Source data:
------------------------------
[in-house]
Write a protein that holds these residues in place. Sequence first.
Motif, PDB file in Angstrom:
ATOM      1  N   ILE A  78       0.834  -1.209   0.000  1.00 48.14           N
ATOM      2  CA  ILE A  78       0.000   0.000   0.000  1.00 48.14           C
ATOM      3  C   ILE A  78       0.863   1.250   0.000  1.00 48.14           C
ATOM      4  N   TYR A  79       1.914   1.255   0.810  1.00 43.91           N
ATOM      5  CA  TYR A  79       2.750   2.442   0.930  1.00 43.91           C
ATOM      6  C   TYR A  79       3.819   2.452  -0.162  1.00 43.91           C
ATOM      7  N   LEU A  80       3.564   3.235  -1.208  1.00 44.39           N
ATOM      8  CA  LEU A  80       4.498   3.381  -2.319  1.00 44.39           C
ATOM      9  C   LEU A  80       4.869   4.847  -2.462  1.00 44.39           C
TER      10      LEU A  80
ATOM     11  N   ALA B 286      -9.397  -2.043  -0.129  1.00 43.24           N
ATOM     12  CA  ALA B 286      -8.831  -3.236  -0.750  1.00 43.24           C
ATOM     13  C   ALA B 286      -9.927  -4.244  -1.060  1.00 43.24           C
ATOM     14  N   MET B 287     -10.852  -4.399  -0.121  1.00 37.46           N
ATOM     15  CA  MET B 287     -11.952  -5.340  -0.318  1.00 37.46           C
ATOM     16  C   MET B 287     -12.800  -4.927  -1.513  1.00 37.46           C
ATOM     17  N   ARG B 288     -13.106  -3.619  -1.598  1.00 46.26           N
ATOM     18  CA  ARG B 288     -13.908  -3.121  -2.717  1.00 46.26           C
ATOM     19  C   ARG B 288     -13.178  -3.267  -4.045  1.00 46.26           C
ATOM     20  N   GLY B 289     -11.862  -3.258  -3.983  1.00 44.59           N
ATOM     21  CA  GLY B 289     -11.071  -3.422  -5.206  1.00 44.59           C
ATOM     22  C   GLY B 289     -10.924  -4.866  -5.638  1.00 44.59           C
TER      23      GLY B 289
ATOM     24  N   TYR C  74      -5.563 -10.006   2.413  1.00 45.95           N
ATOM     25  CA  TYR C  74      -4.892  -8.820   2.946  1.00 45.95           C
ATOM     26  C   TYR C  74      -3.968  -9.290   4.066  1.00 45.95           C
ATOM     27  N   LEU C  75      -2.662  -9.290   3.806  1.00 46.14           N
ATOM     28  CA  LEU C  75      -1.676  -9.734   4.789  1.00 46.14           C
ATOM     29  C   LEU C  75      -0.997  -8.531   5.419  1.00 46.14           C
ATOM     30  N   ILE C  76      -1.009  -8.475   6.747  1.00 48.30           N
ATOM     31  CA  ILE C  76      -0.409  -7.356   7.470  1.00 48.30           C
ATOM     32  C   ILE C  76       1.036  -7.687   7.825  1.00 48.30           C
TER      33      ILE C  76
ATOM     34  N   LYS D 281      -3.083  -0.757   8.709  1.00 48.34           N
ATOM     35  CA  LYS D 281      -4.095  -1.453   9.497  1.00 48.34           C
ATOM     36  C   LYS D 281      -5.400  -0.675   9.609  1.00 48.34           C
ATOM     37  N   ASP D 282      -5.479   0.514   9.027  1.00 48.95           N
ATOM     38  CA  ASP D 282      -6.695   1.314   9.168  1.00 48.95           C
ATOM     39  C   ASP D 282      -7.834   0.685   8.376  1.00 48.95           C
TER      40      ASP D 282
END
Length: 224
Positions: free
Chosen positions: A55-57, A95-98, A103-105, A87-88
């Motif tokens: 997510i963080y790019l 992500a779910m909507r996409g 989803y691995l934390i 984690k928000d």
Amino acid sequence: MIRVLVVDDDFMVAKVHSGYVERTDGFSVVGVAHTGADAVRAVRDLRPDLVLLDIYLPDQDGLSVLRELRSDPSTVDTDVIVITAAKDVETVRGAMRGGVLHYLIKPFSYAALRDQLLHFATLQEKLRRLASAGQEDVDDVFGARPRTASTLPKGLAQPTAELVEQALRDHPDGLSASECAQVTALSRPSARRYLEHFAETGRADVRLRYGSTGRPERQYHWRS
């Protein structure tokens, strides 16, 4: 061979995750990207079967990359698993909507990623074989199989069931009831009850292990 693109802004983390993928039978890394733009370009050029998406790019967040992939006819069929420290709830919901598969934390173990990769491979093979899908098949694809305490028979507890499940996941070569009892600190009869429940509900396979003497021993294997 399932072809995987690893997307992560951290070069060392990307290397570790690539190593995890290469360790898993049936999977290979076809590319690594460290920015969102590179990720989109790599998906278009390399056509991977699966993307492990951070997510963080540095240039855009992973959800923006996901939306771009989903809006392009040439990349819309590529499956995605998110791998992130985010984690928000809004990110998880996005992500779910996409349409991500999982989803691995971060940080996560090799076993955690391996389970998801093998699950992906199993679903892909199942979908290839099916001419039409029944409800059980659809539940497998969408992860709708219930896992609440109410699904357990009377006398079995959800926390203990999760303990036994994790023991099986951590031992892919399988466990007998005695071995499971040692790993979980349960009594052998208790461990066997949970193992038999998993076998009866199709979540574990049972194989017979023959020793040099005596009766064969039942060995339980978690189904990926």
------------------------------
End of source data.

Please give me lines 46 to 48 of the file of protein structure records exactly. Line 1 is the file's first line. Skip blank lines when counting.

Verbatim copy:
Positions: free
Chosen positions: A55-57, A95-98, A103-105, A87-88
């Motif tokens: 997510i963080y790019l 992500a779910m909507r996409g 989803y691995l934390i 984690k928000d």